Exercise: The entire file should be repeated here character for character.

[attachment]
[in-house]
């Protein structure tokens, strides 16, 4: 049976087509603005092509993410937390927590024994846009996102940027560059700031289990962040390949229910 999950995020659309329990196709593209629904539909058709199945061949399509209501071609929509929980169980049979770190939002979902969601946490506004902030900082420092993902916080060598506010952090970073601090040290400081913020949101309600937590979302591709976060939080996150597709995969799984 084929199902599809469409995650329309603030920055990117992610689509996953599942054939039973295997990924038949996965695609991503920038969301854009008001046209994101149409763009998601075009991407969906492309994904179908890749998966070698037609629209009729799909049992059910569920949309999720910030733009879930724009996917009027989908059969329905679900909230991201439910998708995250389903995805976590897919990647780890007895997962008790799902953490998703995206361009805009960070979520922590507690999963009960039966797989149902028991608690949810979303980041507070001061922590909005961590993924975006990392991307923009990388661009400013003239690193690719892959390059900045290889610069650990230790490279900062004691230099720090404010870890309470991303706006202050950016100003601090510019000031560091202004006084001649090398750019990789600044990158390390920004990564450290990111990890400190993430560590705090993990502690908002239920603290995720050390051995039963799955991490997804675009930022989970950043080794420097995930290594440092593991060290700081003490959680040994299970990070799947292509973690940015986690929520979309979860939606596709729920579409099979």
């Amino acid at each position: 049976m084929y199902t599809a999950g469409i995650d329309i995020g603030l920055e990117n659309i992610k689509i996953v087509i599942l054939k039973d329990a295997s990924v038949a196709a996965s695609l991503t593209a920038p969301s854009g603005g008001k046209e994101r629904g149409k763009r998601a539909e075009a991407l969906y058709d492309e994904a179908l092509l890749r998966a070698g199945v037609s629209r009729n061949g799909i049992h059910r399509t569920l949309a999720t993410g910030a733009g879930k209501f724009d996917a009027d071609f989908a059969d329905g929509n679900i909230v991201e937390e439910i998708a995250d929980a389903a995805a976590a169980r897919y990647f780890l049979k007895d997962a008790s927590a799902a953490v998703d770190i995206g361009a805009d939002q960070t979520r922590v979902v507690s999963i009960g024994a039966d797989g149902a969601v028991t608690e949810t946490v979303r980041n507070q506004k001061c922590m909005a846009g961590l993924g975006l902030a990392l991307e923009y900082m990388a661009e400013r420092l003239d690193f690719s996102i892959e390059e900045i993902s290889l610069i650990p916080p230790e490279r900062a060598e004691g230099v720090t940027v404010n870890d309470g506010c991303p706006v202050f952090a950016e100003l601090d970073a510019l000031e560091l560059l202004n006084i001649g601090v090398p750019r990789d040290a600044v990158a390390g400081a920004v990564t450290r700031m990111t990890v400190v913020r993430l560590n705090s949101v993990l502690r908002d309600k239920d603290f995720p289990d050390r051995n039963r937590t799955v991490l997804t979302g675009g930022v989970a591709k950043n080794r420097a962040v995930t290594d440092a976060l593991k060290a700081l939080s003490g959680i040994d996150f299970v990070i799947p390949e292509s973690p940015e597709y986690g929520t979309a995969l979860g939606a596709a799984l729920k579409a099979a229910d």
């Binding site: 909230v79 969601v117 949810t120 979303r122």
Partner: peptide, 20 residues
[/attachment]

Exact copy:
[in-house]
């Protein structure tokens, strides 16, 4: 049976087509603005092509993410937390927590024994846009996102940027560059700031289990962040390949229910 999950995020659309329990196709593209629904539909058709199945061949399509209501071609929509929980169980049979770190939002979902969601946490506004902030900082420092993902916080060598506010952090970073601090040290400081913020949101309600937590979302591709976060939080996150597709995969799984 084929199902599809469409995650329309603030920055990117992610689509996953599942054939039973295997990924038949996965695609991503920038969301854009008001046209994101149409763009998601075009991407969906492309994904179908890749998966070698037609629209009729799909049992059910569920949309999720910030733009879930724009996917009027989908059969329905679900909230991201439910998708995250389903995805976590897919990647780890007895997962008790799902953490998703995206361009805009960070979520922590507690999963009960039966797989149902028991608690949810979303980041507070001061922590909005961590993924975006990392991307923009990388661009400013003239690193690719892959390059900045290889610069650990230790490279900062004691230099720090404010870890309470991303706006202050950016100003601090510019000031560091202004006084001649090398750019990789600044990158390390920004990564450290990111990890400190993430560590705090993990502690908002239920603290995720050390051995039963799955991490997804675009930022989970950043080794420097995930290594440092593991060290700081003490959680040994299970990070799947292509973690940015986690929520979309979860939606596709729920579409099979």
């Amino acid at each position: 049976m084929y199902t599809a999950g469409i995650d329309i995020g603030l920055e990117n659309i992610k689509i996953v087509i599942l054939k039973d329990a295997s990924v038949a196709a996965s695609l991503t593209a920038p969301s854009g603005g008001k046209e994101r629904g149409k763009r998601a539909e075009a991407l969906y058709d492309e994904a179908l092509l890749r998966a070698g199945v037609s629209r009729n061949g799909i049992h059910r399509t569920l949309a999720t993410g910030a733009g879930k209501f724009d996917a009027d071609f989908a059969d329905g929509n679900i909230v991201e937390e439910i998708a995250d929980a389903a995805a976590a169980r897919y990647f780890l049979k007895d997962a008790s927590a799902a953490v998703d770190i995206g361009a805009d939002q960070t979520r922590v979902v507690s999963i009960g024994a039966d797989g149902a969601v028991t608690e949810t946490v979303r980041n507070q506004k001061c922590m909005a846009g961590l993924g975006l902030a990392l991307e923009y900082m990388a661009e400013r420092l003239d690193f690719s996102i892959e390059e900045i993902s290889l610069i650990p916080p230790e490279r900062a060598e004691g230099v720090t940027v404010n870890d309470g506010c991303p706006v202050f952090a950016e100003l601090d970073a510019l000031e560091l560059l202004n006084i001649g601090v090398p750019r990789d040290a600044v990158a390390g400081a920004v990564t450290r700031m990111t990890v400190v913020r993430l560590n705090s949101v993990l502690r908002d309600k239920d603290f995720p289990d050390r051995n039963r937590t799955v991490l997804t979302g675009g930022v989970a591709k950043n080794r420097a962040v995930t290594d440092a976060l593991k060290a700081l939080s003490g959680i040994d996150f299970v990070i799947p390949e292509s973690p940015e597709y986690g929520t979309a995969l979860g939606a596709a799984l729920k579409a099979a229910d």
């Binding site: 909230v79 969601v117 949810t120 979303r122």
Partner: peptide, 20 residues